- Jobs would be created in the economy for electricians and plumbers, as well as in the retail appliance sales sector.
- Annual energy bills savings would then be generated for Victorian households by going electric.
- Emissions savings would contribute to Victoria’s emissions reductions targets for 2025 and 2030.
State and Federal governments have a big role to play in creating a smoother transition. New housing estates should not be connected to gas. A more rapid transition, rather than a slower transition, at household level means less emissions, greater certainty, and lower household costs. Perhaps transition to electric is done by gas distribution region. Starting at the furthest and most expensive distribution nodes. `
Industrial gas users must accelerate the transition to a hydrogen-based feedstock. Government can assist. Hydrogen might be made close to industry point-of-use, by using electricity to power electrolysis, and creating green hydrogen. Quite possibly done close to the fertiliser and plastics manufacturers. The reduction in use of gas by the household sector might extend the life of local gas reserves until new industrial technologies become more mature and lower cost.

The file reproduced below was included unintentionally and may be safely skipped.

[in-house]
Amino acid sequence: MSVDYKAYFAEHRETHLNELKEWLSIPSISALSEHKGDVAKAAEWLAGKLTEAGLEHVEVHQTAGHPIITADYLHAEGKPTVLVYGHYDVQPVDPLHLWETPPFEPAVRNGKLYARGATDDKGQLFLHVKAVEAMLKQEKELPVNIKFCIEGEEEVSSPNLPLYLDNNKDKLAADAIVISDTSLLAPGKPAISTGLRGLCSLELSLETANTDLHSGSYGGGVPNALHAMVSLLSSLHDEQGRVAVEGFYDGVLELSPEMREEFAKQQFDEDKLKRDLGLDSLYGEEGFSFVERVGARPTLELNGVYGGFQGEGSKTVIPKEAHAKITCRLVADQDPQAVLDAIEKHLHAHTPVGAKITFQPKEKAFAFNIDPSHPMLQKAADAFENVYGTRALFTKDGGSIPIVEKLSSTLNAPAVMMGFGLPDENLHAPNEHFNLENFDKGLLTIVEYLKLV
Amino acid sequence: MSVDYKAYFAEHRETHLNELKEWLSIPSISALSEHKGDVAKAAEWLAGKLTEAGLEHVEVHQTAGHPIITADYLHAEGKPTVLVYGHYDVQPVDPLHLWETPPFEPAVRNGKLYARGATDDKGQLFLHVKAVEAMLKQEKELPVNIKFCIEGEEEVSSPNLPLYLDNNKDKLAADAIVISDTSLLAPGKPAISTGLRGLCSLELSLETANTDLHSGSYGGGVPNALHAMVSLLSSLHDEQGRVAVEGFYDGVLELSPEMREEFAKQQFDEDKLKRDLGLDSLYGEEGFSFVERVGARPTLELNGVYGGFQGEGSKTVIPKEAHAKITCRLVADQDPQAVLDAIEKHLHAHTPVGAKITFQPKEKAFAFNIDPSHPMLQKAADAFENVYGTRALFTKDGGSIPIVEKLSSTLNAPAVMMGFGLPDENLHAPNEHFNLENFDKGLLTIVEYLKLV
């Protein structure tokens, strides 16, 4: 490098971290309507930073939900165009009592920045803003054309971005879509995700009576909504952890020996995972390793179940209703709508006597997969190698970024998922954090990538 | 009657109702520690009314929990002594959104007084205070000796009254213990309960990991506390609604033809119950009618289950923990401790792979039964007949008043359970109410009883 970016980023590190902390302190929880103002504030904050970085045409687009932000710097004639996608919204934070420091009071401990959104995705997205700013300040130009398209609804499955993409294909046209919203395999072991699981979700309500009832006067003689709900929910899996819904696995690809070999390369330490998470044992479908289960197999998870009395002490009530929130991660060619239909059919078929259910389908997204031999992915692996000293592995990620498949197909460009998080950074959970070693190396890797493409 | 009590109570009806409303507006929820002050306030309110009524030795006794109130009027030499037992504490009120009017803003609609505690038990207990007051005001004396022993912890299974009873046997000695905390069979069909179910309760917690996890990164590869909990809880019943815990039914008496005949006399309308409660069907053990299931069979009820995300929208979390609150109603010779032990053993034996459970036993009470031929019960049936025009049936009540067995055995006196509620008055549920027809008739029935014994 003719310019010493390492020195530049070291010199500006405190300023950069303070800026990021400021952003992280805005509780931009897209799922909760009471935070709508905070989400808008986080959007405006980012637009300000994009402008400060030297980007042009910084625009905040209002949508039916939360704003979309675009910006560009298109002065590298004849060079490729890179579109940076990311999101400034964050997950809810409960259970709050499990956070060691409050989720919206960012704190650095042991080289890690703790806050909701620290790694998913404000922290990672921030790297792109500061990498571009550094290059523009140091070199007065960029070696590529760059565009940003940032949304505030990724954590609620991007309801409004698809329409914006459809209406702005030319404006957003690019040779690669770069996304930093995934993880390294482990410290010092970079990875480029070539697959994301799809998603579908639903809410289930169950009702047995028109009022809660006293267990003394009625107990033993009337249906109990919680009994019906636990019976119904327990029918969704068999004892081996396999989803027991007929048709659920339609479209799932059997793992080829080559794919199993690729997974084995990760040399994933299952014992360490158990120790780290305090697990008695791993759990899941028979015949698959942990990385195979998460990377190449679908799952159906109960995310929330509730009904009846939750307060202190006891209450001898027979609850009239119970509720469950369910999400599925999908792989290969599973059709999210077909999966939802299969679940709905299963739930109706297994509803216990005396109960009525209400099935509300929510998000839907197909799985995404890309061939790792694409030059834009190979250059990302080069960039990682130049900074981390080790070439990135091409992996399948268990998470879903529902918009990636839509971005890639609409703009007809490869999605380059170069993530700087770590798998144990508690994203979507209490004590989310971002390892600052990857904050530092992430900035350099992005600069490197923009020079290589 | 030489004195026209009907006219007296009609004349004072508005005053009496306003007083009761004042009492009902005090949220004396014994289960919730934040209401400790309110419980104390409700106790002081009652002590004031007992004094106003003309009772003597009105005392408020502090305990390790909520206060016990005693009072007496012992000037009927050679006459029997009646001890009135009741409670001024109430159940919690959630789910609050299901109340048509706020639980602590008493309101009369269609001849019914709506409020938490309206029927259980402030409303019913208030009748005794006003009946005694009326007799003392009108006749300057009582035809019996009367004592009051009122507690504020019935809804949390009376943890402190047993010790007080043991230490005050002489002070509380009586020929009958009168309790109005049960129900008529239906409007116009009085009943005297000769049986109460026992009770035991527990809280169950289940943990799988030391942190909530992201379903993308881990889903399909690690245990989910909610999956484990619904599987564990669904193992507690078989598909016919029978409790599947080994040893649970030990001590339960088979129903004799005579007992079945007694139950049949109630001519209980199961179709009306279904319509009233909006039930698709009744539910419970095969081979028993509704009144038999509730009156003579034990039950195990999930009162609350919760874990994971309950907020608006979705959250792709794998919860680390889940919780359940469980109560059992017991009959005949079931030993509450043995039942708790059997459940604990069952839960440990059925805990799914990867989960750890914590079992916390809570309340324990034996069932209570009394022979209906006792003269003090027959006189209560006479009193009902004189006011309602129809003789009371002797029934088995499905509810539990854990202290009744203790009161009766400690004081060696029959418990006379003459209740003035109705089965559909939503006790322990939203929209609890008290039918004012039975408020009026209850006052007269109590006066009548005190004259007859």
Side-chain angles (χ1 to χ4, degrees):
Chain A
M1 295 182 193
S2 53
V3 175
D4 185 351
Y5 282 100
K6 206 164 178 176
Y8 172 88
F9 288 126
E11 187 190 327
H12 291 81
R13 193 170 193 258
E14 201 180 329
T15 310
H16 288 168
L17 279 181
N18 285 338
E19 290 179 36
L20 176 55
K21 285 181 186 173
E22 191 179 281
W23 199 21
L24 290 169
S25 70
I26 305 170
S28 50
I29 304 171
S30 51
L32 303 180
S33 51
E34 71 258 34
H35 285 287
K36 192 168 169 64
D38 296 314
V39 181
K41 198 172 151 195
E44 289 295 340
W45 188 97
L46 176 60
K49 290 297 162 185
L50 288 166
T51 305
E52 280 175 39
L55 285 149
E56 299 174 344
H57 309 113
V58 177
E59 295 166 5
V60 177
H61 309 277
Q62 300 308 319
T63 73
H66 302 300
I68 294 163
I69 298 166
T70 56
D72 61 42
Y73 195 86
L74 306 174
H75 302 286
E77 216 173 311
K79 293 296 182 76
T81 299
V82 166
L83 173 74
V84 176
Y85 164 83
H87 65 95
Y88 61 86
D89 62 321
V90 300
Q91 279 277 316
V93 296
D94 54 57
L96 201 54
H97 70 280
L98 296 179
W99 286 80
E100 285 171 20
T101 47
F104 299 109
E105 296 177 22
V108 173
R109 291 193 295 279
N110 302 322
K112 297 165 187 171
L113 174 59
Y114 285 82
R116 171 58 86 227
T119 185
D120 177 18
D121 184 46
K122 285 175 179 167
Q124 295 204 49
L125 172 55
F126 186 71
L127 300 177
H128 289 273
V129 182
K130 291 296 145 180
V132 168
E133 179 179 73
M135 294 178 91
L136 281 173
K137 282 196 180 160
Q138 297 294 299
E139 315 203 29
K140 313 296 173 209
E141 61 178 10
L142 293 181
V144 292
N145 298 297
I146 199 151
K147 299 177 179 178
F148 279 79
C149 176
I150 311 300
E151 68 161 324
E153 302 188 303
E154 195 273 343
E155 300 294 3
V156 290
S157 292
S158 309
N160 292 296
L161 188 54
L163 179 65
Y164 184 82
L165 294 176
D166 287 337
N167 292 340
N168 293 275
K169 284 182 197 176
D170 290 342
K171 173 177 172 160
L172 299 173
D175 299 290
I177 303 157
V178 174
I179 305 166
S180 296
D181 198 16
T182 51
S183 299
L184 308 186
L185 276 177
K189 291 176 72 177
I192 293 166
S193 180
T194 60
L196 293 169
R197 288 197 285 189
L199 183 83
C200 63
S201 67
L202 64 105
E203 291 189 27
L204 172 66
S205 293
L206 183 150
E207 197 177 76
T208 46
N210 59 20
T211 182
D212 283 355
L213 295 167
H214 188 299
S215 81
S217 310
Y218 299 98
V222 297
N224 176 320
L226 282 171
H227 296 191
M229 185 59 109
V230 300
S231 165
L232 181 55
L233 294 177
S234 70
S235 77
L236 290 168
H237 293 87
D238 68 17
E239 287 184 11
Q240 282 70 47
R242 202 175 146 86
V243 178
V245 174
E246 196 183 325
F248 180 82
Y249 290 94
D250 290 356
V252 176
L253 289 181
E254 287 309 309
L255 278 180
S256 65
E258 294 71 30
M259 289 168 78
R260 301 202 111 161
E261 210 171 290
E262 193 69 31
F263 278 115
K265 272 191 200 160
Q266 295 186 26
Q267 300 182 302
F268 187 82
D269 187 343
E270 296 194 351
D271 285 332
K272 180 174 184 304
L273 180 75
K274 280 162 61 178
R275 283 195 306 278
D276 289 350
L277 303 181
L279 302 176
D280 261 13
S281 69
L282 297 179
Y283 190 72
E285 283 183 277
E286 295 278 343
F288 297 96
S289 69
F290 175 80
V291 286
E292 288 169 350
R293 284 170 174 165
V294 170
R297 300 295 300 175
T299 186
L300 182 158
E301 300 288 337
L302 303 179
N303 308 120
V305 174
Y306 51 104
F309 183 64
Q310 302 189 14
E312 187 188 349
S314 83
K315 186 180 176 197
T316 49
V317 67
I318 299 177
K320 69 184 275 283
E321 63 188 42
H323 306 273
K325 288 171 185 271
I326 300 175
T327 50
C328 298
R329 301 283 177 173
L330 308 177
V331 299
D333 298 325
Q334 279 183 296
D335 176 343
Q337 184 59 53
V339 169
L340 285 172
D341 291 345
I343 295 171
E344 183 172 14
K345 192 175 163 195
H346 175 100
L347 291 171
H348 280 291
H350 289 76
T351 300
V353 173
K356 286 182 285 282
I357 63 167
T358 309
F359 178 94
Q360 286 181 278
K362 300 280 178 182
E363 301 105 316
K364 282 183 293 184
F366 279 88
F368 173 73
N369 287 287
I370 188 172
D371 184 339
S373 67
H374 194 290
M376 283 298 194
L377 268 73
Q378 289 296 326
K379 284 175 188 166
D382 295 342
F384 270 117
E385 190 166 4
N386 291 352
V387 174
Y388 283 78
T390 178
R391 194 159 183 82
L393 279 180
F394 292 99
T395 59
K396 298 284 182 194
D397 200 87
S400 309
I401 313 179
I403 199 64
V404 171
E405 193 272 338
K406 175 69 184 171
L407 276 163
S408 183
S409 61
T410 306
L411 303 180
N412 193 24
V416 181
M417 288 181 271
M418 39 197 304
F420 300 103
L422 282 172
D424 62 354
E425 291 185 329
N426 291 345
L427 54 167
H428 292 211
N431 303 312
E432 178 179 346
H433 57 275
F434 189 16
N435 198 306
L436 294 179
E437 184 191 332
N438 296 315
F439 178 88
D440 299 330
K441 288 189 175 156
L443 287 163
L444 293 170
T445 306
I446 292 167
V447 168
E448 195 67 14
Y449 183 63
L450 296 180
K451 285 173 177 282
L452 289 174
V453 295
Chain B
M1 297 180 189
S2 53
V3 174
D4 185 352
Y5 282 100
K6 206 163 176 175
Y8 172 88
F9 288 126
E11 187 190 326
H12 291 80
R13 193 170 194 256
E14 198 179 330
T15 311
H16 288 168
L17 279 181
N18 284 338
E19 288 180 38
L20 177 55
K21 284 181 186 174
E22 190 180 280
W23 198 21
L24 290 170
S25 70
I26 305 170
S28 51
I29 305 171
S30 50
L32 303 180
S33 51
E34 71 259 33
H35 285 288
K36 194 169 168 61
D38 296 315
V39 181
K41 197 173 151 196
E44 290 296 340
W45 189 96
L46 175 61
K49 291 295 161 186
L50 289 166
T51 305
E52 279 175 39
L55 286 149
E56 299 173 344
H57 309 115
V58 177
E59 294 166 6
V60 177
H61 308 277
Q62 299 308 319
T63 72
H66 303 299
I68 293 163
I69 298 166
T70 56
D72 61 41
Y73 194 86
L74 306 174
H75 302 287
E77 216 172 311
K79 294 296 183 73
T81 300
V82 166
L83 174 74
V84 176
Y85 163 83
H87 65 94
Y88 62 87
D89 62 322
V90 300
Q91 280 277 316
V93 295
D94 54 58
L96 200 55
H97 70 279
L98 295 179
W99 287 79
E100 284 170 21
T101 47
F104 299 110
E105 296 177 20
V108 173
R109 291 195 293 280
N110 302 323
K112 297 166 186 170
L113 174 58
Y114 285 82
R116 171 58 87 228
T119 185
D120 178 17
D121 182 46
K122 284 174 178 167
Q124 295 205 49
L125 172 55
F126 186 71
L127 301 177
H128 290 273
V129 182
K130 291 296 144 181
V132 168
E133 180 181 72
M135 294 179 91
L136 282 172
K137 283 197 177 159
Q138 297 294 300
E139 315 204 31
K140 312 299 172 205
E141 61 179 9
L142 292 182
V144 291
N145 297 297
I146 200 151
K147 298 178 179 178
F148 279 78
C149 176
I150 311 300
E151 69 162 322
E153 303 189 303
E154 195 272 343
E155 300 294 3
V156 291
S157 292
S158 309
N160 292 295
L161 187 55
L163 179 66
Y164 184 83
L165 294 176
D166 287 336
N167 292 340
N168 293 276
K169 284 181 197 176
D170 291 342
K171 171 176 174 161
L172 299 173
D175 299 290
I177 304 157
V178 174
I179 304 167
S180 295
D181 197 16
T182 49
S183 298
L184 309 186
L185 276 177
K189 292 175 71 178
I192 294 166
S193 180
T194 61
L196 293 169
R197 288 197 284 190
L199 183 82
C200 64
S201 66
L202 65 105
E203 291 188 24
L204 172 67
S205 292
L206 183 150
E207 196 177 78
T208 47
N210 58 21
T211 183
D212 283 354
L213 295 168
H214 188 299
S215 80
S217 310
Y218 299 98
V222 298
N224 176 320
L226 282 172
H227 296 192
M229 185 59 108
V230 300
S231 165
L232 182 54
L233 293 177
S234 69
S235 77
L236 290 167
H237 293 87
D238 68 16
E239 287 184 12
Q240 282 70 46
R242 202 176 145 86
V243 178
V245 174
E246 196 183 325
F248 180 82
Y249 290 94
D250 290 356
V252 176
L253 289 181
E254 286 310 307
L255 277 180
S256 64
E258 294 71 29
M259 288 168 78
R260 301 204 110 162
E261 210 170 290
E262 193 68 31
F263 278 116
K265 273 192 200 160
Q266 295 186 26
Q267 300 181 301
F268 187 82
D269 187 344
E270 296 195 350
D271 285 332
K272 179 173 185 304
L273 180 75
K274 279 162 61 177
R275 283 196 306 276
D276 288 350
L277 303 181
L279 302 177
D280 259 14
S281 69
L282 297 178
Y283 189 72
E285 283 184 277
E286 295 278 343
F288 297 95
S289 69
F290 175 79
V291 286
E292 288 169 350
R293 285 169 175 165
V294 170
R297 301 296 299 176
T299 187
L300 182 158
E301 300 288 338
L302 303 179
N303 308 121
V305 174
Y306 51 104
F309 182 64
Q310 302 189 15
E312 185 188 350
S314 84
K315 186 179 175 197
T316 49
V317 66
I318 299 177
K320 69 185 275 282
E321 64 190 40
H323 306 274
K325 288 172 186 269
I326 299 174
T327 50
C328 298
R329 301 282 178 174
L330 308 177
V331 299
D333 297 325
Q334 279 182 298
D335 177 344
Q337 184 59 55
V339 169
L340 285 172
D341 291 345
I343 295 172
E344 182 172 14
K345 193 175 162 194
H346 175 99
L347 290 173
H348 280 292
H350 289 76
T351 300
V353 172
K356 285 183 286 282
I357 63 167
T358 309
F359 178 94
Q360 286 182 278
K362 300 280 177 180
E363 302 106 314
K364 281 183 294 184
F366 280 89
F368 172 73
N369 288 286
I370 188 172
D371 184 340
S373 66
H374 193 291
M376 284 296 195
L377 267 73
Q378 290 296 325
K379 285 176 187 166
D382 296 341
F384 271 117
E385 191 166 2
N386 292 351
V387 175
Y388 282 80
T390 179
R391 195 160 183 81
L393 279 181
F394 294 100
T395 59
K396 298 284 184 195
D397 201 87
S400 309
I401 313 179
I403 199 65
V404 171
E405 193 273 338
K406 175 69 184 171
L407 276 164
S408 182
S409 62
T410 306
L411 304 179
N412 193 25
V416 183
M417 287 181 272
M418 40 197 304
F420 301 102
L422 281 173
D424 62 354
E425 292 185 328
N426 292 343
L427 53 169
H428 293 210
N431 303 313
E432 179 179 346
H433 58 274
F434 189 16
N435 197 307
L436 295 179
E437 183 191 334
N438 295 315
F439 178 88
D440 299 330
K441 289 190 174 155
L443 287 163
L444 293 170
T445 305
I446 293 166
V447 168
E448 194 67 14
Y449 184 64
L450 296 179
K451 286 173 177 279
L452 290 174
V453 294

Our governments must not indulge in wishful thinking or live in denial. They cannot let ‘big Gas’ determine sovereign policy in the face of our existential climate crisis, and escalating gas prices.
This transition is inevitable over the next decade.
And, a planned transition is a smooth transition. A planned transition means lower emissions and lower costs.
The future is obvious. By moving away from gas, we stop burning an increasingly expensive depleting fossil fuel.
Government must set the narrative, and manage the transition. Create jobs. Manage Distribution shutdown. Assist with Appliance costs for disadvantaged households.
A win for a safer climate future and for Victoria and Australia achieving our emissions targets.
Are they up to the challenge?